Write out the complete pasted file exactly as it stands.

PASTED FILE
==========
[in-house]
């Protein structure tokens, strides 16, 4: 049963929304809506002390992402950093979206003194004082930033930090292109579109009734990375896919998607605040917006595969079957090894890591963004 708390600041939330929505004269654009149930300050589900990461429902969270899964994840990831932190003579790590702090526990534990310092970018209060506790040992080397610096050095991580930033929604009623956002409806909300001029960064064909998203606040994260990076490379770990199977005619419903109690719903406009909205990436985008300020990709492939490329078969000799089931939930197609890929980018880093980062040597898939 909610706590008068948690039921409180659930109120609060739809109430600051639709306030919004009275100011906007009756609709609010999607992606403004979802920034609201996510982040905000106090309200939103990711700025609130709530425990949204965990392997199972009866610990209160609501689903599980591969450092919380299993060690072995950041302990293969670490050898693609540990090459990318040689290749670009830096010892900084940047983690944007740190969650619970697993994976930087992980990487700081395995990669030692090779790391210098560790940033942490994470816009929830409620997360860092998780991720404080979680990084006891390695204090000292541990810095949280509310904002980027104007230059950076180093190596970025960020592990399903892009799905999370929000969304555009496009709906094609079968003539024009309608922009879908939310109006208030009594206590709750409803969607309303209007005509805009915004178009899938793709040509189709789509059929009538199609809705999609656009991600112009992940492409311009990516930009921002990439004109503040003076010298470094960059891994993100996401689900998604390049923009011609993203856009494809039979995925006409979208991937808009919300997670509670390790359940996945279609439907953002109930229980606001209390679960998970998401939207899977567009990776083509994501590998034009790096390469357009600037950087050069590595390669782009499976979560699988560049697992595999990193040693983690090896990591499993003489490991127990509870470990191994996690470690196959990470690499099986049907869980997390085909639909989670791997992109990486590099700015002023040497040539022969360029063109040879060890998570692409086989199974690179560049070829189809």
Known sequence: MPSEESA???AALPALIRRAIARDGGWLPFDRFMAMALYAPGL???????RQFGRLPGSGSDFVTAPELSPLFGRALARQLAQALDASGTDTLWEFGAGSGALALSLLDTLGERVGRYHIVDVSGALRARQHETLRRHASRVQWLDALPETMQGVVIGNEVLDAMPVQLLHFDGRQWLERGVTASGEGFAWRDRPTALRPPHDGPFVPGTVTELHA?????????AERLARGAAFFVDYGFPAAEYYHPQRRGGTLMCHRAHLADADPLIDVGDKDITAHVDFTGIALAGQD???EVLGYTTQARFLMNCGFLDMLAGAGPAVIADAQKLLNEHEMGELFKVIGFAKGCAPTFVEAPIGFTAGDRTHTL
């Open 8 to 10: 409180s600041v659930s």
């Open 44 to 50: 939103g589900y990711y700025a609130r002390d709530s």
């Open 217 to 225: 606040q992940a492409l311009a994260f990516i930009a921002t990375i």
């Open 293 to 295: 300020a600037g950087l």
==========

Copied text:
[in-house]
């Protein structure tokens, strides 16, 4: 049963929304809506002390992402950093979206003194004082930033930090292109579109009734990375896919998607605040917006595969079957090894890591963004 708390600041939330929505004269654009149930300050589900990461429902969270899964994840990831932190003579790590702090526990534990310092970018209060506790040992080397610096050095991580930033929604009623956002409806909300001029960064064909998203606040994260990076490379770990199977005619419903109690719903406009909205990436985008300020990709492939490329078969000799089931939930197609890929980018880093980062040597898939 909610706590008068948690039921409180659930109120609060739809109430600051639709306030919004009275100011906007009756609709609010999607992606403004979802920034609201996510982040905000106090309200939103990711700025609130709530425990949204965990392997199972009866610990209160609501689903599980591969450092919380299993060690072995950041302990293969670490050898693609540990090459990318040689290749670009830096010892900084940047983690944007740190969650619970697993994976930087992980990487700081395995990669030692090779790391210098560790940033942490994470816009929830409620997360860092998780991720404080979680990084006891390695204090000292541990810095949280509310904002980027104007230059950076180093190596970025960020592990399903892009799905999370929000969304555009496009709906094609079968003539024009309608922009879908939310109006208030009594206590709750409803969607309303209007005509805009915004178009899938793709040509189709789509059929009538199609809705999609656009991600112009992940492409311009990516930009921002990439004109503040003076010298470094960059891994993100996401689900998604390049923009011609993203856009494809039979995925006409979208991937808009919300997670509670390790359940996945279609439907953002109930229980606001209390679960998970998401939207899977567009990776083509994501590998034009790096390469357009600037950087050069590595390669782009499976979560699988560049697992595999990193040693983690090896990591499993003489490991127990509870470990191994996690470690196959990470690499099986049907869980997390085909639909989670791997992109990486590099700015002023040497040539022969360029063109040879060890998570692409086989199974690179560049070829189809």
Known sequence: MPSEESA???AALPALIRRAIARDGGWLPFDRFMAMALYAPGL???????RQFGRLPGSGSDFVTAPELSPLFGRALARQLAQALDASGTDTLWEFGAGSGALALSLLDTLGERVGRYHIVDVSGALRARQHETLRRHASRVQWLDALPETMQGVVIGNEVLDAMPVQLLHFDGRQWLERGVTASGEGFAWRDRPTALRPPHDGPFVPGTVTELHA?????????AERLARGAAFFVDYGFPAAEYYHPQRRGGTLMCHRAHLADADPLIDVGDKDITAHVDFTGIALAGQD???EVLGYTTQARFLMNCGFLDMLAGAGPAVIADAQKLLNEHEMGELFKVIGFAKGCAPTFVEAPIGFTAGDRTHTL
């Open 8 to 10: 409180s600041v659930s």
């Open 44 to 50: 939103g589900y990711y700025a609130r002390d709530s």
């Open 217 to 225: 606040q992940a492409l311009a994260f990516i930009a921002t990375i």
């Open 293 to 295: 300020a600037g950087l």